What’s up with David Crosby?
Tom Dougherty, CEO – Stealing Share
12 April 2016
What’s up with David Crosby? No more CSN.
I admit that I was once one of the most floral of flower children in the late sixties. I have stories to tell my friends, but not today. Not today.
What I can say is that a heaping piece of my hippie pie belonged to the folk supergroup, Crosby, Stills and Nash (and sometimes, Young).
These guys spoke to my heart. The harmonies on “Helplessly Hoping” still send chill bumps up and down my arms. And Stephen Stills’ guitar solo on “Treetop Flier” is second to none.
I’ve seen “the boys” (as Joni Mitchell calls them) about 20 times live. Maybe even more.
While each of the band members feels like a friend of mine, one of them has always felt a little closer to me than the others, and that is David Crosby. He always feels like the wounded bird you wanted to care for.
But I am feeling differently about that these days.
“I wonder why David is creating the barriers he is right now — especially with those closest to him.”
David Crosby and his friends.
There is an Irish book by Brendan Behan that I love called, The Borstal Boy. The book chronicles Behan’s time served in the British juvenile detention system.
In the book, Behan had a unique way of describing those people who became his closest friends behind bars. He’d call them his “china.” Not like the country, but the fine pieces of tableware in which you take special care. It’s an idea that has always stuck with me.
Over the years, Crosby lived a tumultuous lifestyle. He was addicted to heavy drugs and spent some time in prison.
You should read his book, Long Time Gone, to learn about his crazy ride. Despite David’s turbulence, one guy always stuck by his side, Graham Nash.
So when the news that Crosby, Stills and Nash was breaking up — after 40 plus years — I was really bummed. But I soon grew heartbroken when I read that breakup was because Nash doesn’t “like David Crosby right now.”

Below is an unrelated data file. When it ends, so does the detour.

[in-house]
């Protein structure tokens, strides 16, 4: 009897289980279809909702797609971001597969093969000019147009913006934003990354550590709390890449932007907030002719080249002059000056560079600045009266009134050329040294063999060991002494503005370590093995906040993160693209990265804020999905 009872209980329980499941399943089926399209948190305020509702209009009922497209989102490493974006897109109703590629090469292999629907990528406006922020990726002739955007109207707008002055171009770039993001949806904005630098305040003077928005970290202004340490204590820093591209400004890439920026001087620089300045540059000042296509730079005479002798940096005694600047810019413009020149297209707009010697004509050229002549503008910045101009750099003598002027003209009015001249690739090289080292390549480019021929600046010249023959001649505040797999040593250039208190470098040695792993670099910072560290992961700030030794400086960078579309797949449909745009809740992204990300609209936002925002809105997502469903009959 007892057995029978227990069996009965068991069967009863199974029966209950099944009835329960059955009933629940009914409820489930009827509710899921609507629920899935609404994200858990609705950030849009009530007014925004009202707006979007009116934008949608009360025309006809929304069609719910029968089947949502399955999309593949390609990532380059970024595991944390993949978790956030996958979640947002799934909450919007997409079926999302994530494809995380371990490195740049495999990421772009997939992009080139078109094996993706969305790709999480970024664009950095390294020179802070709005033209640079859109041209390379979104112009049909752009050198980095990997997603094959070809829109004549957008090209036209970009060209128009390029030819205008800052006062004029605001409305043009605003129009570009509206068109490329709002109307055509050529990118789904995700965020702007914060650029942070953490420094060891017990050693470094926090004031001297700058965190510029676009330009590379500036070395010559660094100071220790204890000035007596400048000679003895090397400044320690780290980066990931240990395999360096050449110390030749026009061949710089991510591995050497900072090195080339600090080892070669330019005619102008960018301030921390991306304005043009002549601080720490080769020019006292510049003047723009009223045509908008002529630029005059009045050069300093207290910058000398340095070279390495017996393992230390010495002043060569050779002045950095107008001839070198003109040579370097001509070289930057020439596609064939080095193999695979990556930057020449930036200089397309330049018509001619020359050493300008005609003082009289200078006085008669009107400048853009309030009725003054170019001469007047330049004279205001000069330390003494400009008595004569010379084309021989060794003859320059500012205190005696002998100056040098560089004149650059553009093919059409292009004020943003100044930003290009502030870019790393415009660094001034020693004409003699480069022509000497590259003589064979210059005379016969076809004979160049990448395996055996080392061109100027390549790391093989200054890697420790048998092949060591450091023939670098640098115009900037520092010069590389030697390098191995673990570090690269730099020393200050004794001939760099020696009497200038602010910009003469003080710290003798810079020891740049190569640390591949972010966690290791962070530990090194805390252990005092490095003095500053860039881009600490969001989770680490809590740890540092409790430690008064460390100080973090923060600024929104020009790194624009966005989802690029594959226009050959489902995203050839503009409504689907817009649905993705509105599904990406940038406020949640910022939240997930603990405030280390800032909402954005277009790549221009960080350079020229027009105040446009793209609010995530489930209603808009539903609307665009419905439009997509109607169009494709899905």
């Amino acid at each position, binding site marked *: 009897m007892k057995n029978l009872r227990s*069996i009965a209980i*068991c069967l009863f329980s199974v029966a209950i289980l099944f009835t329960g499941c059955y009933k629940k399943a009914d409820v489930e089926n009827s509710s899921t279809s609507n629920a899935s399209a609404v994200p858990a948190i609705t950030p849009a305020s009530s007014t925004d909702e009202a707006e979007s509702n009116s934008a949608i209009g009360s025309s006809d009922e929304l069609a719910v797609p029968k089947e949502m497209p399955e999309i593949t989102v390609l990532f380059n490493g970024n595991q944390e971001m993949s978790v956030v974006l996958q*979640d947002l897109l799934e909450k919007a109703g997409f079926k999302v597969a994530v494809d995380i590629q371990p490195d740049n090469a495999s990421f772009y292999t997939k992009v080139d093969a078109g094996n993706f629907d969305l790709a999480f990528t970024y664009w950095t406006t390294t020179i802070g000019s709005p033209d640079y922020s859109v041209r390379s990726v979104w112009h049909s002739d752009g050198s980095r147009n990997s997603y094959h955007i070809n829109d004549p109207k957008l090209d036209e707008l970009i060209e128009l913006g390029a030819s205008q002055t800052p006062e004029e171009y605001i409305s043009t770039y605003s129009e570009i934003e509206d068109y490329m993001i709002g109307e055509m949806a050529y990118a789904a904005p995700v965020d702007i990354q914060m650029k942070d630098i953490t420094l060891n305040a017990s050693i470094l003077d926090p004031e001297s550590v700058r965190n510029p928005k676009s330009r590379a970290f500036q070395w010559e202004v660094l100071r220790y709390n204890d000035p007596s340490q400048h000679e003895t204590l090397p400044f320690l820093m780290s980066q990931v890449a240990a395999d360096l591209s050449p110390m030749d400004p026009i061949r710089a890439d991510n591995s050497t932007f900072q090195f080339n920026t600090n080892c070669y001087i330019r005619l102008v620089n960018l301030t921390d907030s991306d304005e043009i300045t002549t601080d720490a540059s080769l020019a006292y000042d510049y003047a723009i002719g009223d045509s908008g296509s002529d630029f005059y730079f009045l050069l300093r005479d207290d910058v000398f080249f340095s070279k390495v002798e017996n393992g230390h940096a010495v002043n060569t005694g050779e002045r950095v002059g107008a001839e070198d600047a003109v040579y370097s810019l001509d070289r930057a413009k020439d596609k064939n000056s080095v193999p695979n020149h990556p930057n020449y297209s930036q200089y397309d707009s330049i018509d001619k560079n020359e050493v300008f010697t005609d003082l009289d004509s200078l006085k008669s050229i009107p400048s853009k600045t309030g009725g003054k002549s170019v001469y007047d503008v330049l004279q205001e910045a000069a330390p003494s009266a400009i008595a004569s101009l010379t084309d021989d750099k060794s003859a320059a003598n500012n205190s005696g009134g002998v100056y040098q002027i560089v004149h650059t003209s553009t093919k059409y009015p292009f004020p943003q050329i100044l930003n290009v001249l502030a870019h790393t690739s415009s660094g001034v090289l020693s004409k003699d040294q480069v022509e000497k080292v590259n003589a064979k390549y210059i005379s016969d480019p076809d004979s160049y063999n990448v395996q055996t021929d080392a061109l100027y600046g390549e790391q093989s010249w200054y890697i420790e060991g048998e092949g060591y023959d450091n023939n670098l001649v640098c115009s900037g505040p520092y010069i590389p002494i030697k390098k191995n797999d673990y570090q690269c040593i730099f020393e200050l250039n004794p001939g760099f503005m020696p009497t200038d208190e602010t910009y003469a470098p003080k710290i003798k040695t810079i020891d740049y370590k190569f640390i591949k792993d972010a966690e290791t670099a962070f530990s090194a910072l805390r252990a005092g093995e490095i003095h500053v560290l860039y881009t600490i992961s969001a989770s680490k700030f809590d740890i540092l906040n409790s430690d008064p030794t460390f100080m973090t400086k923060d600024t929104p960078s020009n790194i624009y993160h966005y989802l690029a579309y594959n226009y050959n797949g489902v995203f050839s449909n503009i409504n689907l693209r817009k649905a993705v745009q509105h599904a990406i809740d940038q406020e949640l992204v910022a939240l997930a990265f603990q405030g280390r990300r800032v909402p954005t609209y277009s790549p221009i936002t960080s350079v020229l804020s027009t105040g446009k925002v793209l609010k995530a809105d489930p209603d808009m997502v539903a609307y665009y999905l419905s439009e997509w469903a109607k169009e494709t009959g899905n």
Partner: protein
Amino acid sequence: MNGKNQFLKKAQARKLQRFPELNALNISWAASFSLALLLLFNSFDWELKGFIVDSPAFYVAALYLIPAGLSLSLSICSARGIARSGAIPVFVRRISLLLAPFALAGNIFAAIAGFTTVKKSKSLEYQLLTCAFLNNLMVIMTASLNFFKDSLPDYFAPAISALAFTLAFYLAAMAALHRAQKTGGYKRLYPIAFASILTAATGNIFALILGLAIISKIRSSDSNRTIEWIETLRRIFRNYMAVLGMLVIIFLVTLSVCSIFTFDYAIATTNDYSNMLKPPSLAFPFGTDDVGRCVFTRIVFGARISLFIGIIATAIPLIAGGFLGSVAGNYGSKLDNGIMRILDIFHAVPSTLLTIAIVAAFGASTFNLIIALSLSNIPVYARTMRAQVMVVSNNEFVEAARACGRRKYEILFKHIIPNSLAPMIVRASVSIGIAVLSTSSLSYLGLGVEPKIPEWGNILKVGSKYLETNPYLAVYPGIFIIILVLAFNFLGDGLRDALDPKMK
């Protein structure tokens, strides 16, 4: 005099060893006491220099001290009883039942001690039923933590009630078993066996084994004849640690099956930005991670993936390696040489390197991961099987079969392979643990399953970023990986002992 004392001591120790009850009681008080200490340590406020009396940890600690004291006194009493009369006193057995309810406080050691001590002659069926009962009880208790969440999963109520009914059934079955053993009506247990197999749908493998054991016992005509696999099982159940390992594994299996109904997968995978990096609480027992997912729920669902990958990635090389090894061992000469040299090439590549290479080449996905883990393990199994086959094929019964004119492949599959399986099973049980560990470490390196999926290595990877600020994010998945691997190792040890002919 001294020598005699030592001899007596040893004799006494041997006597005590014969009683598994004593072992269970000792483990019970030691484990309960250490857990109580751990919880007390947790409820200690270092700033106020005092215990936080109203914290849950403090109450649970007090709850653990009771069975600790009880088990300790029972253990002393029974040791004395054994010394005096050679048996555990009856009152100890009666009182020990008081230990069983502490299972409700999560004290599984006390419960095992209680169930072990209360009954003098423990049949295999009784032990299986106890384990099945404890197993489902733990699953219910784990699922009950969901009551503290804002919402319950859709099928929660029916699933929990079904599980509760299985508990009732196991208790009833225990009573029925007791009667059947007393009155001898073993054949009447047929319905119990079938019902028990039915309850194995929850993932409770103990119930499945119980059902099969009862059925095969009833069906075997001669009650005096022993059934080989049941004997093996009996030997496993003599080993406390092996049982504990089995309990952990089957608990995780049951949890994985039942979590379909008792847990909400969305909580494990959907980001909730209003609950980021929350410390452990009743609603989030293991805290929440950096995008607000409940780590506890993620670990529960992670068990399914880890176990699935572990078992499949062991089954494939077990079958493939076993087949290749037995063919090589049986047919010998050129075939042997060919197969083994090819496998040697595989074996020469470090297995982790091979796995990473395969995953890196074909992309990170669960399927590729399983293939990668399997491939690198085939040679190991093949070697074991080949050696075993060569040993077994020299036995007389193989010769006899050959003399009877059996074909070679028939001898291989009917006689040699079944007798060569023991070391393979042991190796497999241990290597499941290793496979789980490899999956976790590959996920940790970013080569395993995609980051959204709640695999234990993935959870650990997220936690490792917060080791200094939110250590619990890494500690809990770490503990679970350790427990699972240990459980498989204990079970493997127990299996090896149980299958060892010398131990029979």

Which brings me back to Behan. If there had even been an example of someone being someone else’s “china,” it was Nash to Crosby.
But this doesn’t sound like that anymore. Says Nash:
“He’s been awful for me the last two years, just f**king awful. I’ve been there and saved his f**king ass for 45 years, and he treated me like s**t.
You can’t do that to me. You can do it for a day or so, until I think you’re going to come around. When it goes on longer, and I keep getting nasty emails from him, I’m done. F**k you. David has ripped the heart out of Crosby, Stills, Nash & Young …
How can I not be sad? Look at the music we probably lost. How can I not be sad about that? … The truth is, after being totally immersed in me and David and Stephen and Neil’s music, I’m done. I’ve had 10 years of it. Leave me the f**k alone. I need to concentrate on me now.”
It is rarely too late to repair your brand, even when you’re an aging rocker. When a brand needs repair, you must take the time to look at at what could be creating barriers in the market.
I wonder why David is creating the barriers he is right now — especially with those closest to him.
More than ever, David should heed the advice of his former counterpart, Stephen Stills, and “Love the one you’re with.”
That’s a surefire first step in beginning a necessary brand overhaul.
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